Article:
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Netherlands: Four political parties launch legislative proposal for mandatory due diligence in Parliament

Today, four political parties submitted a bill on Responsible and Sustainable International Business Conduct in Dutch parliament...

The legislative proposal of the four parties (ChristenUnie, GroenLinks, PvdA, SP) imposes a duty of care on all companies in the Netherlands to address human rights violations and environmental damage in their value chains. Companies with more than 250 employees will be obliged to implement the six steps of due diligence, in line with the OECD Guidelines. The law will be enforced by a public regulator, which can issue financial sanctions. Repeated failure within five years to stop activities that cause or contribute to negative impacts or to provide remedy will be considered a criminal offence, punishable by fines and jail. The bill also enables third parties to hold companies liable in civil court for harms suffered as a result of a violation of the law. If adopted, the law would replace the Child Labour Due Diligence Law, which was passed by the Senate in 2019...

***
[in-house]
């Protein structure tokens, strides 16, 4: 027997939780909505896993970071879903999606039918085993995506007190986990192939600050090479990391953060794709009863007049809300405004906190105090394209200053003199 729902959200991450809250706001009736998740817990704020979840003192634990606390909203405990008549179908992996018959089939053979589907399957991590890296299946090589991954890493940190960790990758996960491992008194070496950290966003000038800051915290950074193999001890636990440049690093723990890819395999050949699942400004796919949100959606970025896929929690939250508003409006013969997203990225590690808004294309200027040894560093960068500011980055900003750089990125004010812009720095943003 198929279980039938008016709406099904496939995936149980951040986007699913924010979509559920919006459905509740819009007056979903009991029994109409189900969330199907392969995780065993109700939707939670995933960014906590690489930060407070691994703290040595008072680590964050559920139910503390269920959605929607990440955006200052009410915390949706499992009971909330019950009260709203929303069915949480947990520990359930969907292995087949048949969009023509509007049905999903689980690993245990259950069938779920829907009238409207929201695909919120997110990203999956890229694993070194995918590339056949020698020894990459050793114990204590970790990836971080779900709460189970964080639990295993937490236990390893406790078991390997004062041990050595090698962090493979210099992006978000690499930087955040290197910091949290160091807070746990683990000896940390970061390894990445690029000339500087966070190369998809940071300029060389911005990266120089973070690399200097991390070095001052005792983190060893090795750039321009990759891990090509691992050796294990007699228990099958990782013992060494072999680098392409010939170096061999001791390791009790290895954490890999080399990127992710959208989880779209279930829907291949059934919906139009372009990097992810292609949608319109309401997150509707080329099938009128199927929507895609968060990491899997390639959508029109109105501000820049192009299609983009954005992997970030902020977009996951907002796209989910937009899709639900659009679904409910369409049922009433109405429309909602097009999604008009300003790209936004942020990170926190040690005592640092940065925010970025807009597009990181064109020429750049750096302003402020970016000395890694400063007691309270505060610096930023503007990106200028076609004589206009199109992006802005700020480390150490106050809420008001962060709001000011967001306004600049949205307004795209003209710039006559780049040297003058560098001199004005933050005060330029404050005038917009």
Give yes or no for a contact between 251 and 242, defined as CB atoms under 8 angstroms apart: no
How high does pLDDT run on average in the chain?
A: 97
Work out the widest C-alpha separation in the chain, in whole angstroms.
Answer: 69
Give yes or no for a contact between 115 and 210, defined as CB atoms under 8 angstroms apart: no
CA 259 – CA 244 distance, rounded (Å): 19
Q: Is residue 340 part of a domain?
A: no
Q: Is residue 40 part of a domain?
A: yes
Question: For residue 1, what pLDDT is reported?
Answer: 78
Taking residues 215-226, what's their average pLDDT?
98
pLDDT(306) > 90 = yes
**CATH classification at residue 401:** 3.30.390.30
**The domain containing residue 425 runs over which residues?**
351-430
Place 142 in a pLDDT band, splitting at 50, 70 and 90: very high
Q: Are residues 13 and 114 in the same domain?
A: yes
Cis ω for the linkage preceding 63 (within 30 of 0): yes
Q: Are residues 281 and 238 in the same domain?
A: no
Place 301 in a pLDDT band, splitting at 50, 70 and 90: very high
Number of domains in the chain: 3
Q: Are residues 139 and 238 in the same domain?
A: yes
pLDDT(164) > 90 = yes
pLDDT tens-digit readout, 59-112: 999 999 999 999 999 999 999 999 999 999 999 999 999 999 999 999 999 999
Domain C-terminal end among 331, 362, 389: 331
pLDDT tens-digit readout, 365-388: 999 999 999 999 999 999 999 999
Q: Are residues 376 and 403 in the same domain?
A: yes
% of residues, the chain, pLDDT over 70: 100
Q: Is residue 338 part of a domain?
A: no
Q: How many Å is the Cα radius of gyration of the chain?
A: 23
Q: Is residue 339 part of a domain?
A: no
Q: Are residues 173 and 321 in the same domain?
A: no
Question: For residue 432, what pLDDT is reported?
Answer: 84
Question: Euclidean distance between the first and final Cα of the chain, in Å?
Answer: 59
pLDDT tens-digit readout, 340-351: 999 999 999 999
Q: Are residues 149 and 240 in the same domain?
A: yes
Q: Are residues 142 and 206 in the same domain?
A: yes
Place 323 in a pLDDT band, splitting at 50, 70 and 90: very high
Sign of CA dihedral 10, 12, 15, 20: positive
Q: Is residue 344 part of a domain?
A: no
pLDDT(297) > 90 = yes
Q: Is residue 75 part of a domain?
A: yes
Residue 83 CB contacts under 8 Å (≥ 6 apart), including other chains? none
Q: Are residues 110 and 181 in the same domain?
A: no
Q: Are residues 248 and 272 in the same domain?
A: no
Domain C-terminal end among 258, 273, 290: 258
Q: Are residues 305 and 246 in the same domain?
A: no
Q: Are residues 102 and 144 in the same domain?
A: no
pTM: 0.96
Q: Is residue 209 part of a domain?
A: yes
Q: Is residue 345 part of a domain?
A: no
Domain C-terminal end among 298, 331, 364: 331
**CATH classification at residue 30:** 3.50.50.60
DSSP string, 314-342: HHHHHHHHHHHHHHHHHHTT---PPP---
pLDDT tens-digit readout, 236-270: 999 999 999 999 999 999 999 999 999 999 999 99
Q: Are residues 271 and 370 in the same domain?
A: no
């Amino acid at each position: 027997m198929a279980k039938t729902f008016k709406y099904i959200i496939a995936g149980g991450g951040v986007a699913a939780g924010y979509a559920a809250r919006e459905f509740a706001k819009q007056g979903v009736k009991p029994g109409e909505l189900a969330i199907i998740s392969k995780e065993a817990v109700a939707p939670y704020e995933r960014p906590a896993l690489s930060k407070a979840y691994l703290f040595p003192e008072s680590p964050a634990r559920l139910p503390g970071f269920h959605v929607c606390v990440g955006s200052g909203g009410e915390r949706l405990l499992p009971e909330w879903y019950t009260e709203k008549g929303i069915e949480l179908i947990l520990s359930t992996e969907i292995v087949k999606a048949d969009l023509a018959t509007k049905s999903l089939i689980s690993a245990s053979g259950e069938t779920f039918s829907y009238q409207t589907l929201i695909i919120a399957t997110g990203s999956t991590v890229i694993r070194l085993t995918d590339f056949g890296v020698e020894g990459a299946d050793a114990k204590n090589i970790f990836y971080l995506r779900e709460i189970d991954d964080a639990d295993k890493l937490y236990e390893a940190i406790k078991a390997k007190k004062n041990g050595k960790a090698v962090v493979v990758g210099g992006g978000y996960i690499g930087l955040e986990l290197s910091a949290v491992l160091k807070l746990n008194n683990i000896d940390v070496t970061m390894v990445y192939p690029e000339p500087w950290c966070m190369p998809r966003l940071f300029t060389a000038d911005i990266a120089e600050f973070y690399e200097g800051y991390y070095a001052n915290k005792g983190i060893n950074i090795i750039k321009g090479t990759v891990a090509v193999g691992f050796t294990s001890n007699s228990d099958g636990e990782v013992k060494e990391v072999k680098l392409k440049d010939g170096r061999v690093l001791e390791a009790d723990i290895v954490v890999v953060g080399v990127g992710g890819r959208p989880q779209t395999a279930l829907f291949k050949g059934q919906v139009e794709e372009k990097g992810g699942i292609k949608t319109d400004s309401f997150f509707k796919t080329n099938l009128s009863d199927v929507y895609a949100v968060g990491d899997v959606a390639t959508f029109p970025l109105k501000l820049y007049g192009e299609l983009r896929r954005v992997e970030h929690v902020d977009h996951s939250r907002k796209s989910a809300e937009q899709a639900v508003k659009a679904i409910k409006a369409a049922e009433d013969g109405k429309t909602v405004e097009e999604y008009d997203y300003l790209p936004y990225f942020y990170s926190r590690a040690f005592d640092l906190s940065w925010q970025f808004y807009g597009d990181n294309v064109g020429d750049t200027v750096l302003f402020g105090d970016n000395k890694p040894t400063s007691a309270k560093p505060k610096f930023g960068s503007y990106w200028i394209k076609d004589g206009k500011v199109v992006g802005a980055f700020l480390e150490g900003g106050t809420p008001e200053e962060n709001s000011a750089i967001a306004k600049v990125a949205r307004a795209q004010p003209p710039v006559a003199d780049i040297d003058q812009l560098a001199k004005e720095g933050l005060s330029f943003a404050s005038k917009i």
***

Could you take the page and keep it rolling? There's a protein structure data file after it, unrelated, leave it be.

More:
There is strong support for legislation on responsible business conduct in the Netherlands, both in civil society and in the business community. Over 125 companies, civil society organisations, trade unions, religious organisations and academics support the Initiative for Sustainable and Responsible Business Conduct (IDVO), which advocates the introduction of corporate accountability legislation in the Netherlands. The business association MVO Nederland, with over 2,000 members, and a group of 50 companies also spoke out in favour of national legislation, as well as several large and small companies in Dutch media. In September 2020, the Dutch Social and Economic Council advised the government to introduce binding rules for responsible business conduct.

The MVO Platform welcomes the bill and hopes it will receive wide political support after the general elections in the Netherlands next week... The Dutch government has expressed its preference for legislation at the EU level, but is also preparing ‘building blocks’ for national legislation in case of insufficient progress or ambition at the EU level.

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